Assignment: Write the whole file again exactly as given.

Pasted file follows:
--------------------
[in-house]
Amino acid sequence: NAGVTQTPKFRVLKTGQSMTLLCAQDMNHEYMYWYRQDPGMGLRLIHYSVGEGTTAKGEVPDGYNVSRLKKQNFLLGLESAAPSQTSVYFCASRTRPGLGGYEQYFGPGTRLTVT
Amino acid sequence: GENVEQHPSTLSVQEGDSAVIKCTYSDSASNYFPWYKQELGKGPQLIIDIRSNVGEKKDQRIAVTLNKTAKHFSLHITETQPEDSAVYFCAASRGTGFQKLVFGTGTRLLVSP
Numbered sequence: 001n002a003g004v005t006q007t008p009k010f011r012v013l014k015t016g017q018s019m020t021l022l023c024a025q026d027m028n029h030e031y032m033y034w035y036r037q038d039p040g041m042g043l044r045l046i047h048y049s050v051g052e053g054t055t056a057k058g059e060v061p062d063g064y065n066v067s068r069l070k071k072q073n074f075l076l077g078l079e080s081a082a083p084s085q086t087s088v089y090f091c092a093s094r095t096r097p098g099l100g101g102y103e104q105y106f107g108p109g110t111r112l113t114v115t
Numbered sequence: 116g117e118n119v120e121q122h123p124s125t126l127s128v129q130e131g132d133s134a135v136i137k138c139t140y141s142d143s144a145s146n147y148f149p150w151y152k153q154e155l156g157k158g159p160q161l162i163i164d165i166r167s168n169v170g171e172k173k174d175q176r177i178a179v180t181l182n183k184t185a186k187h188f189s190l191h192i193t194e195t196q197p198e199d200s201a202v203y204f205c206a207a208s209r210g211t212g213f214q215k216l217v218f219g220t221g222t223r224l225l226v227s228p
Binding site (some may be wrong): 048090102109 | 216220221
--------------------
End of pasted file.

[in-house]
Amino acid sequence: NAGVTQTPKFRVLKTGQSMTLLCAQDMNHEYMYWYRQDPGMGLRLIHYSVGEGTTAKGEVPDGYNVSRLKKQNFLLGLESAAPSQTSVYFCASRTRPGLGGYEQYFGPGTRLTVT
Amino acid sequence: GENVEQHPSTLSVQEGDSAVIKCTYSDSASNYFPWYKQELGKGPQLIIDIRSNVGEKKDQRIAVTLNKTAKHFSLHITETQPEDSAVYFCAASRGTGFQKLVFGTGTRLLVSP
Numbered sequence: 001n002a003g004v005t006q007t008p009k010f011r012v013l014k015t016g017q018s019m020t021l022l023c024a025q026d027m028n029h030e031y032m033y034w035y036r037q038d039p040g041m042g043l044r045l046i047h048y049s050v051g052e053g054t055t056a057k058g059e060v061p062d063g064y065n066v067s068r069l070k071k072q073n074f075l076l077g078l079e080s081a082a083p084s085q086t087s088v089y090f091c092a093s094r095t096r097p098g099l100g101g102y103e104q105y106f107g108p109g110t111r112l113t114v115t
Numbered sequence: 116g117e118n119v120e121q122h123p124s125t126l127s128v129q130e131g132d133s134a135v136i137k138c139t140y141s142d143s144a145s146n147y148f149p150w151y152k153q154e155l156g157k158g159p160q161l162i163i164d165i166r167s168n169v170g171e172k173k174d175q176r177i178a179v180t181l182n183k184t185a186k187h188f189s190l191h192i193t194e195t196q197p198e199d200s201a202v203y204f205c206a207a208s209r210g211t212g213f214q215k216l217v218f219g220t221g222t223r224l225l226v227s228p
Binding site (some may be wrong): 048090102109 | 216220221